Images of pushers are the likely style that comes to mind when people first think of continuous furnaces. When deep case and fixtured quenching is required pushers are the system of choice, but not all case hardened gears or other drivetrain parts require the same treatment. Small gears, shafts, screws, nuts, anything that does not need fixturing, can be shallow case hardened in mesh belt and cast link belt furnaces. The style, mesh belt or cast-link depends on the part weight and production rate; loading or pounds per square foot of belt area dictates which style is more appropriate. The accepted criteria for loading in mesh belts cannot exceed about 15 to 20 pounds per square foot, beyond that cast belt is the option when processing larger parts.
Although both conveyor systems discharge parts to the quench the same way, loading the belts can be completely different. Mesh belt furnaces by their design have the belt’s charge end outside of the hot zone so parts can be manually or automatically placed on the belt. How parts are placed, their orientation on the belt, in large part dictates the quenched distortion result.
Cast belt furnaces requiring a protective and controlled atmosphere like that for case hardening, due to the belt design have the charge end of the belt enclosed within the hot zone necessitating a different loading method, that eliminates the manual loading option. Some cast belt furnaces where the atmosphere is meant to reduce oxygen only, have their charge end belt outside of the hot zone to facilitate more critical loading.
Generally speaking conveyor furnaces have seen greater acceptance in the fastener industry where small parts can be automatically loaded via vibratory feeders that distribute parts evenly across the belt width. Heavier parts, gear blank forgings and castings are routinely normalized in cast link belt furnaces where no or little atmosphere is required and the load end is outside of the hot zone where parts are dumped into waiting tubs.
There is one major caution when dealing with mesh or cast belt furnaces: Make sure no debris such as metal chips or other fine material like sand can get to the belt. It’s not so much an issue for fine weave belts but particles can get lodged in the cast belt links causing excessive wear, and worse, the debris can occupy the space between the link shoe and the cross rod.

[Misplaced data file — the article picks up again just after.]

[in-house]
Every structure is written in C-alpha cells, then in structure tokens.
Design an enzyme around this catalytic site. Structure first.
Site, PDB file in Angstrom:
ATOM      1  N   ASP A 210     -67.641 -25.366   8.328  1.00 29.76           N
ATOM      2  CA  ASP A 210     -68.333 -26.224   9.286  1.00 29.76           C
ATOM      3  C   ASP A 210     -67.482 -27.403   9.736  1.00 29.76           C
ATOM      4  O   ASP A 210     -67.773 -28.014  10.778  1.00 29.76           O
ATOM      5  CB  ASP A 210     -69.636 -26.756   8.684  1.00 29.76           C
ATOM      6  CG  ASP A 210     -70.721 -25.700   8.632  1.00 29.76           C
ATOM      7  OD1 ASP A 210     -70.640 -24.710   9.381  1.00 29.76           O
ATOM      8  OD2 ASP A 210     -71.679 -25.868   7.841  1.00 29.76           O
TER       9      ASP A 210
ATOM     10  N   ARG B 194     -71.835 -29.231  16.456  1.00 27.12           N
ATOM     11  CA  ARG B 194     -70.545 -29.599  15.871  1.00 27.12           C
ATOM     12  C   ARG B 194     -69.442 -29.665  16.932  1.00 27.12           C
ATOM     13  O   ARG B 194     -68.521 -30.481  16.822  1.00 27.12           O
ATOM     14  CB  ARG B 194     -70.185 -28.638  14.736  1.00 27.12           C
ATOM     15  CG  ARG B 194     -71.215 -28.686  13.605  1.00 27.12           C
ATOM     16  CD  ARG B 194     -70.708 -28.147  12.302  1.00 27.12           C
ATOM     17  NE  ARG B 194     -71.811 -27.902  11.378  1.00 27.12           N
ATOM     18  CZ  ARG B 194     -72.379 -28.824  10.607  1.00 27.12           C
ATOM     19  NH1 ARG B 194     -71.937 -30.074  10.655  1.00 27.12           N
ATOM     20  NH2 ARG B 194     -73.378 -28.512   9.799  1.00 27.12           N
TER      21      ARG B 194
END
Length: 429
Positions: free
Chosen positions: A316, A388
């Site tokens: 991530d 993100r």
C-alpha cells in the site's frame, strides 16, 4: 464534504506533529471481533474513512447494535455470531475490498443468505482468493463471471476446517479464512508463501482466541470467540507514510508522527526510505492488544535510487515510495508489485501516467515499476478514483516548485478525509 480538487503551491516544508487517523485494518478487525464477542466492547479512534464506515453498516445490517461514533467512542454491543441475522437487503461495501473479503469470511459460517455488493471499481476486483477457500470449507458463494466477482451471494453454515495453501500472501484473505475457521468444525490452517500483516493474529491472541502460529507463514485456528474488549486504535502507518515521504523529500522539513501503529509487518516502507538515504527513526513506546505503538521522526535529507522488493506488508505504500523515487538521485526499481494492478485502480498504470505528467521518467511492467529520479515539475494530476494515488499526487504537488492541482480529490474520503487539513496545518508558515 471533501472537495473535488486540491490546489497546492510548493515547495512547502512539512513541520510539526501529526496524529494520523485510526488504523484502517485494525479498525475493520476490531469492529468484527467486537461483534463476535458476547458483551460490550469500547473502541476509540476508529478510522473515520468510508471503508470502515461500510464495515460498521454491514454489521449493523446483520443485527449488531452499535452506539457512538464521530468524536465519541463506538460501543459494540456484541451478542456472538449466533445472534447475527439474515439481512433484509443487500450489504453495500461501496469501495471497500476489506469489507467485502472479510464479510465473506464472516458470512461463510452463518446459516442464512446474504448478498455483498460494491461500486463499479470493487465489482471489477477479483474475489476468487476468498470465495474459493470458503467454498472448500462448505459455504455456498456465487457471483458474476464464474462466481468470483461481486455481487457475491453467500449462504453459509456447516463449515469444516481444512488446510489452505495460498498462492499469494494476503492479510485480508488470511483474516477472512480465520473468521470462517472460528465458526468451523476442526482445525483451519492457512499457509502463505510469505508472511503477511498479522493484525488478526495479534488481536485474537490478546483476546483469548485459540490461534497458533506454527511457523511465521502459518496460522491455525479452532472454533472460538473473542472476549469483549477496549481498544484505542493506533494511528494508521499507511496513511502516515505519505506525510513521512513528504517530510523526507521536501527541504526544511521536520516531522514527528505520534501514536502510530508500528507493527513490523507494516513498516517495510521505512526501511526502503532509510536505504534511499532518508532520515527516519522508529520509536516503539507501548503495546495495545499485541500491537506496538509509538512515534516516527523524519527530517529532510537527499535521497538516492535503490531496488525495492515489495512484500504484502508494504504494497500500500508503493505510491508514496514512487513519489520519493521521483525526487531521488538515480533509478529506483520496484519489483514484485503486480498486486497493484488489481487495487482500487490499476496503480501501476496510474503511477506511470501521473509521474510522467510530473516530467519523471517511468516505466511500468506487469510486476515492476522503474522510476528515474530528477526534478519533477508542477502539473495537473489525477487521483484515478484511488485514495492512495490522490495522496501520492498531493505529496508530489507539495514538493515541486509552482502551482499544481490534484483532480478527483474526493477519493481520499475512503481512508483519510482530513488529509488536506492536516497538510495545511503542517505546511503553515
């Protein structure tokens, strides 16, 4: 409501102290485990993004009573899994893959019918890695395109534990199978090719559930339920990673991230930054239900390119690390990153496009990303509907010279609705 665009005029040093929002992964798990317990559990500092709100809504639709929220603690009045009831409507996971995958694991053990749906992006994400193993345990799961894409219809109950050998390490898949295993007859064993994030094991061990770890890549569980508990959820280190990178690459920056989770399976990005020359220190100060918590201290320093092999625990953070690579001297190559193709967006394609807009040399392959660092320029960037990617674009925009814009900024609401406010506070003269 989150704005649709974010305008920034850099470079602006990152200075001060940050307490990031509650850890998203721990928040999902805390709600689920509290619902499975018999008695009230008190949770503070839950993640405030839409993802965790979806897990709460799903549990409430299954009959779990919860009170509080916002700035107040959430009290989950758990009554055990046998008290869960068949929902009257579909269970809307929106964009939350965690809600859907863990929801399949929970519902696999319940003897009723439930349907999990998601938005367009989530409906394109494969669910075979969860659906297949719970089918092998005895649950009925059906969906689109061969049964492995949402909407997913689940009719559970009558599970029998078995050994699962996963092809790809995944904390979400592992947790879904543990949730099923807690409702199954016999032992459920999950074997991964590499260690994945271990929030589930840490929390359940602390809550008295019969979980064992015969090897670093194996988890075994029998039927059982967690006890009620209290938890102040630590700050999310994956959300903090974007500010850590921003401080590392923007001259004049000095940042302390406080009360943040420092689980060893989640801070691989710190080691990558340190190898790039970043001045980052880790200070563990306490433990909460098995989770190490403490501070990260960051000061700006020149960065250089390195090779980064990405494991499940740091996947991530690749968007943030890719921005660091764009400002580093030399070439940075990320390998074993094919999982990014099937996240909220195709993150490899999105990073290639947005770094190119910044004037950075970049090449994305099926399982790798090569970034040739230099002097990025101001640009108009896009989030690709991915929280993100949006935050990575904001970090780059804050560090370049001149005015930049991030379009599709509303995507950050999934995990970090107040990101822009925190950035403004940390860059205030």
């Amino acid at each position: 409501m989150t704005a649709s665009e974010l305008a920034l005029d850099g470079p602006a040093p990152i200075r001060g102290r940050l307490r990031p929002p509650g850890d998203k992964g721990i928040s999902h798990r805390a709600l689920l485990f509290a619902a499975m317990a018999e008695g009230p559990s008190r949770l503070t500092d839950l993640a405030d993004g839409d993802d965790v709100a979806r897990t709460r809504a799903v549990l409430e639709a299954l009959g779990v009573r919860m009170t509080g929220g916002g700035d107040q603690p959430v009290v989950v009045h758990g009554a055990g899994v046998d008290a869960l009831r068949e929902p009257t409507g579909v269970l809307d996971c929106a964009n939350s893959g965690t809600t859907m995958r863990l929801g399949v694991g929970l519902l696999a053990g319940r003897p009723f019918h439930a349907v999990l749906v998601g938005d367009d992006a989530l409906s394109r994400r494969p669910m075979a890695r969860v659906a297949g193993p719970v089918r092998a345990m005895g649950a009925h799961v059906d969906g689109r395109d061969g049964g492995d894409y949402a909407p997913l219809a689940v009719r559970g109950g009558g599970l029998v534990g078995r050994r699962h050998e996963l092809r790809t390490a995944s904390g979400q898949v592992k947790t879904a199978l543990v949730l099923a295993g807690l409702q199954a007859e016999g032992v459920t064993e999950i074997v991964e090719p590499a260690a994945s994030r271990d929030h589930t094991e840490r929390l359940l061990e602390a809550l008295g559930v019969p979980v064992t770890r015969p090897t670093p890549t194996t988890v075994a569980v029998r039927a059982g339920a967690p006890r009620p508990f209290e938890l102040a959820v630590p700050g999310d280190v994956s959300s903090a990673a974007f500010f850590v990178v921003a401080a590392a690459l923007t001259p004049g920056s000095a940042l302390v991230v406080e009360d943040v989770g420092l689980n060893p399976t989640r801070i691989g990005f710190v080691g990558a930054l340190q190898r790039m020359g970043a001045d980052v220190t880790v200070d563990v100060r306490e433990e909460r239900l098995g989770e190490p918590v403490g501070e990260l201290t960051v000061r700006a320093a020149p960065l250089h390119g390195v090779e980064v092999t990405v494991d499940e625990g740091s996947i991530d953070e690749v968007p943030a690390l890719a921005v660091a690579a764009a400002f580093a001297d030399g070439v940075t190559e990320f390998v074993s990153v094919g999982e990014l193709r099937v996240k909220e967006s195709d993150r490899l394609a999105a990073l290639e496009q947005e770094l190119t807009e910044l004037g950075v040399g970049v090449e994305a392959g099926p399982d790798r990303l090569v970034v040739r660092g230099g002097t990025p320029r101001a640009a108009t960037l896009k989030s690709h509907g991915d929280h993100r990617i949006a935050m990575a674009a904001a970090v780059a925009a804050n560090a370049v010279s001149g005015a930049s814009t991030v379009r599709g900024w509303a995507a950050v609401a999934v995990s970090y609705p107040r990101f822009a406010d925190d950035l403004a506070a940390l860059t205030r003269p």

All cast link belts rely on a certain amount of tolerance between the cross rods and the link shoe so the belt has freedom to move around the drive rolls and take-up rolls providing a catenary between the lower support rolls. When the tolerance space is removed by debris the belt is no longer allowed to form around the radiuses and tensile stresses are magnified leading to belt and drive roll failure.
Three primary quench media for either furnace is oil, polymer and salt for martemperting and austempering.
As for the case hardening process there are three areas the heat treater must take care for: loading density, atmosphere control and quench tank drop depth.
Loading density can be troublesome because the nature of conveyor furnaces is that the parts must reach the appropriate austenite soak time before quenching, allowing for belt speed. If the part loading is too dense some parts will miss the expected hardness. Likewise if shallow case carburizing is the desire, small, densely loaded parts may risk lean case depth. But the most problematic area is quenching; most notably in the drop depth. Case hardening in batch or pusher furnaces where parts are submerged in agitated media for a given time allow martensite transformation. In conveyor furnaces parts fall off the end of the belt and free fall through the fluid to the quench conveyor. Some agitation is directed at the parts as they lay on the quench conveyor but if the parts have not started transforming to martensite prior to hitting the belt there’s no guarantee they will while resting on the belt.
To avoid bainite and other NMTP a simple test (for a well-equipped maintenance department) can be conducted to determine if there’s a problem. You need a 6-inch diameter clear plastic pipe about 6 feet long sealed with a plumbers plug on one end and filled with clean water. Supported vertically, obviously, heat one part with a welder’s torch held on a steel pan to red then orange. When hot enough allow the part to fall through the water and observe the color of the part as it reaches the bottom. If you can still see color – this works better in a darkened area – there’s no way the part will form martensite especially in oil. If you really want to get a more accurate test, lengthen the plastic pipe and repeat. This test can be conducted with small gears or screws by heating a cup full and dumping the whole bunch into the water; a slug of parts falling through the water will cool slower than a few parts due to the localized vapor formed as the parts fall through the water.
If you’re lucky enough to have clear quench oil use that. Don’t try this at home.